Recommended Films: 9/21-9/27
Charlie Chaplin was a brilliant stage performer whose artistry blossomed within the boundaries of the silver screen.
Harold Lloyd's sheepish onscreen persona gave more power to the extreme physicality of his performance. His “aw-shucks” style also concealed the heart of a ruthless businessman.
Buster Keaton, like Chaplin, was a veteran of the vaudeville stage. Unlike Chaplin, Keaton was a a consummate tinkerer fascinated by locomotives and mechanical processes. He began his movie career by dismantling a camera to see how it worked.
Keaton's understanding of filmmaking as a mechanical process is on display this Sunday, 9/24, in Sherlock, Jr. (1924) at the Pacific Film Archive. One of the greatest reflexive exercises in cinematic history, Sherlock, Jr. features Keaton as a small-town movie projectionist whose fascination with detective fiction, combines with his spurned affection for the local beauty (Kathryn McGuire) to create a fantasy in which Keaton enters the action he projects onscreen. The film contains many of the gags used in the Keaton family vaudeville act, and is both a technical and humorous marvel. It's part of The Mechanical Age series at the PFA, and it's in 35mm, starting at 4 p.m. An added treat is Broken Down Film (1985), an animated short by Osamu Tezuka—creator of Kimba the White Lion and Tetsuwan Atom, better known in the U.S. as Astro Boy.
Screening right after Sherlock, Jr. is another astonishingly reflexive film of the silent era, The Man With a Movie Camera (1929). Director Dziga Vertov was the champion of Kino-Eye, a Soviet filmmaking philosophy that decried narrative structure and emphasized montage. The Man With a Movie Camera is Vertov's best-remembered work, and it's a breathtaking example of what cinema, unfettered by theatrical or literary expectations, can achieve. This is one of my Film 101 essential movies. It starts at 5:30 p.m. Sunday, 9/24, in 35mm from the PFA Collection. Judith Rosenberg accompanies the films on piano.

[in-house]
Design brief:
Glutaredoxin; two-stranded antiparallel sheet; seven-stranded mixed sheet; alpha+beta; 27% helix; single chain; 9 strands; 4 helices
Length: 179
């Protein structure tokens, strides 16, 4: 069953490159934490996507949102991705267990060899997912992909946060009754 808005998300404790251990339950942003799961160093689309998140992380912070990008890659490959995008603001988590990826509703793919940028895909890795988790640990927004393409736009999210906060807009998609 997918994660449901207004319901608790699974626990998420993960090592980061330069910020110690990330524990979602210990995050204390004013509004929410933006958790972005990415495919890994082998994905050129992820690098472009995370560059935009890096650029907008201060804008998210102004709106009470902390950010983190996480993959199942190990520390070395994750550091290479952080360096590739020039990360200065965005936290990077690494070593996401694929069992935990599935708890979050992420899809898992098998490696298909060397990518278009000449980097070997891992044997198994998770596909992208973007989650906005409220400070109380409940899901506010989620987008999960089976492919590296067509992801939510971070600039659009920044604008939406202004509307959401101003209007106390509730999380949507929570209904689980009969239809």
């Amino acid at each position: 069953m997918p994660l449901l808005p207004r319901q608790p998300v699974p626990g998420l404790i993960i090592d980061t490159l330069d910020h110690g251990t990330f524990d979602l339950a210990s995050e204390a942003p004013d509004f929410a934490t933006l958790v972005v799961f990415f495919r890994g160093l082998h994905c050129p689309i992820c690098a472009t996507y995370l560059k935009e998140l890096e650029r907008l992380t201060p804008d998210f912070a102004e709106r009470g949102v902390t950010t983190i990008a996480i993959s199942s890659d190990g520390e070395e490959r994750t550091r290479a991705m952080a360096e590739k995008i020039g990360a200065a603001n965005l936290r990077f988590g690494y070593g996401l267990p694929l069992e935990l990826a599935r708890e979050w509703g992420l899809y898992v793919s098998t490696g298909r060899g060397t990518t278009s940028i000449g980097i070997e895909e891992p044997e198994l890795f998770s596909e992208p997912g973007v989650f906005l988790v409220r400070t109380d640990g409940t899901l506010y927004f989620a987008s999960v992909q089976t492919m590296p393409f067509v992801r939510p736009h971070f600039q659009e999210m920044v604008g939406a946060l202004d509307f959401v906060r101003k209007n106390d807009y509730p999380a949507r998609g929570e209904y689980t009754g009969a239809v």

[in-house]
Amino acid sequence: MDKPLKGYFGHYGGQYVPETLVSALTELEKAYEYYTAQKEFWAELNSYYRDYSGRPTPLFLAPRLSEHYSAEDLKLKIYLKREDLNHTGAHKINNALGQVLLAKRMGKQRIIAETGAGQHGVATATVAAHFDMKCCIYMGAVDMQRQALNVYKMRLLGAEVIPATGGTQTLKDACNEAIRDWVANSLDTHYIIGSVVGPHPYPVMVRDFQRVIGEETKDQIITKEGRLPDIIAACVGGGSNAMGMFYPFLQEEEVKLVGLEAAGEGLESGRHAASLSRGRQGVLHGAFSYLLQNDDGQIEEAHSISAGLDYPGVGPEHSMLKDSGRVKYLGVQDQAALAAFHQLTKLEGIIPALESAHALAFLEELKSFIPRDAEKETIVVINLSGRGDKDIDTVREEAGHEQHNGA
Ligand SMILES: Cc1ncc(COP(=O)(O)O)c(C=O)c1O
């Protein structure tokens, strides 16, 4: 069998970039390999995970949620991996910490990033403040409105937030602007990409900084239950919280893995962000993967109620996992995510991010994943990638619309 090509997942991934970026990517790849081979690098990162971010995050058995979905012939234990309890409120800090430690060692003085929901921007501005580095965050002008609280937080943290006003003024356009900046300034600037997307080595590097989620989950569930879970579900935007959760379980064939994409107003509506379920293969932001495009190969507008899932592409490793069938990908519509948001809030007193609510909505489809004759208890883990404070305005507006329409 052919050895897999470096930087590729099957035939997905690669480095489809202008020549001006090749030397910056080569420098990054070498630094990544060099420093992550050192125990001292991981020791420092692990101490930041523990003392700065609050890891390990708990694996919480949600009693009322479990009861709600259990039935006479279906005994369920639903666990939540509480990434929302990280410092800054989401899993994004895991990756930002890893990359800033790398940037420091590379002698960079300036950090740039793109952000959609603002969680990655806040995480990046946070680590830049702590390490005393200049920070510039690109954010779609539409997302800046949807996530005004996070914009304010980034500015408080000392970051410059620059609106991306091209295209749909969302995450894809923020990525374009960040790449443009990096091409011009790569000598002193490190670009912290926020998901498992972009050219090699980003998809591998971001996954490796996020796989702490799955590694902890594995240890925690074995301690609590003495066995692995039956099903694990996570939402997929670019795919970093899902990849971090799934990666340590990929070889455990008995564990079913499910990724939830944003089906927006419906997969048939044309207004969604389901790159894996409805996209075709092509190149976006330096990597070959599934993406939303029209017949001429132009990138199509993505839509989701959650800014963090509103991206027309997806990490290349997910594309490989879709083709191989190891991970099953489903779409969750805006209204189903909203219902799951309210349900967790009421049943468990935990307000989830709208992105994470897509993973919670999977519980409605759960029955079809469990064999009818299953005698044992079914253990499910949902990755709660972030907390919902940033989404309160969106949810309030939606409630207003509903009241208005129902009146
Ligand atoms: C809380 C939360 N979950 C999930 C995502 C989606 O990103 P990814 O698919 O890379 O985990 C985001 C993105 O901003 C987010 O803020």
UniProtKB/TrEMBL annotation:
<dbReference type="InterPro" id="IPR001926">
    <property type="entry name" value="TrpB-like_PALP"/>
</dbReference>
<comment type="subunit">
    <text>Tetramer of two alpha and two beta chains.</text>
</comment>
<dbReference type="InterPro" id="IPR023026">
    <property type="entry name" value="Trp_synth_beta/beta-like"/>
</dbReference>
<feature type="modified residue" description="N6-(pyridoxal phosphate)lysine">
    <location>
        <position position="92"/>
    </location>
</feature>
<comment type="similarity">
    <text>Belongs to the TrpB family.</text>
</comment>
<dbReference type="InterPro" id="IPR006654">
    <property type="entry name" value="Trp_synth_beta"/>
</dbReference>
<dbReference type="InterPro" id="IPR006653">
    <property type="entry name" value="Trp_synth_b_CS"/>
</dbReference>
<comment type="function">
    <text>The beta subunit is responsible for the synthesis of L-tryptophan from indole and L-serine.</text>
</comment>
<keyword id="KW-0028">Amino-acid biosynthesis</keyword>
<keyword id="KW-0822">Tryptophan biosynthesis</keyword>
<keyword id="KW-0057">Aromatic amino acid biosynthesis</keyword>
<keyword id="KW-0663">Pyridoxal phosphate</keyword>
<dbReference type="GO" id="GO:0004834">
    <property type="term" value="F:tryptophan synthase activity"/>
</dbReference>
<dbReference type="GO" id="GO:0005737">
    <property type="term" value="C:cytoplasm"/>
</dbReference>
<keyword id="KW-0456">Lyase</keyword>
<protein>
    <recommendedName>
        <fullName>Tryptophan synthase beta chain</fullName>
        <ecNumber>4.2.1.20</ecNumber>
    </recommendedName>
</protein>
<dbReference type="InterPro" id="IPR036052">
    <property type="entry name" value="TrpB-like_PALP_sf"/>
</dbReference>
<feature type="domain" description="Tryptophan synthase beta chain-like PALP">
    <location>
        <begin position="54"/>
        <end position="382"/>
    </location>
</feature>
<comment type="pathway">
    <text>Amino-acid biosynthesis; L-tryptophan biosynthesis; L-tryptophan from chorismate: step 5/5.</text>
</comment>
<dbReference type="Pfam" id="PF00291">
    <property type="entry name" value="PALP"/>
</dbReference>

PFA CONTINUES its examination of pirates and piracy with Craig Baldwin's Sonic Outlaws (1995), Wednesday, 9/27, 7:30 p.m. Opening with Negativland's defeat in a copyright infringement case brought by liberal-outside-my-backyard-band U2, Baldwin traces the early history of musical mash-ups as a series of battles for maintaining creators' rights to fair use. It's shown in 16mm, from Baldwin himself. It screens with Uso Justo (2004), Coleman Miller's transformation of a 1950s Mexican soap opera into an experiment in experimental filmmaking. In Beta SP, from Miller's collection.
MUDDY WATERS was unquestionably, one of the greatest, perhaps THE greatest, blues guitarists of all time. As part of the San Francisco Blues Festival, the Roxie Cinema presents Muddy Waters Can't Be Satisfied, a documentary from 2005 by Robert Gordon and Morgan Neville. It took six years to complete the movie, which concentrates on telling Water's story through his music and interviews with performers he inspired, including Keith Richards and Bonnie Raitt.
On the same bill is Always for Pleasure, Les Blank's 1978 documentary of New Orleans. Blank is one of the most exciting documentary makers of all time (his 1982 Burden of Dreams remains my favorite film about making a film), and seeing his 28-year-old take on the Big Easy should be especially poignant today. For more on this film, check out the sensational entry from 2005 at Hell on Frisco Bay, one of the best blogs about films in the San Francisco Bay Area.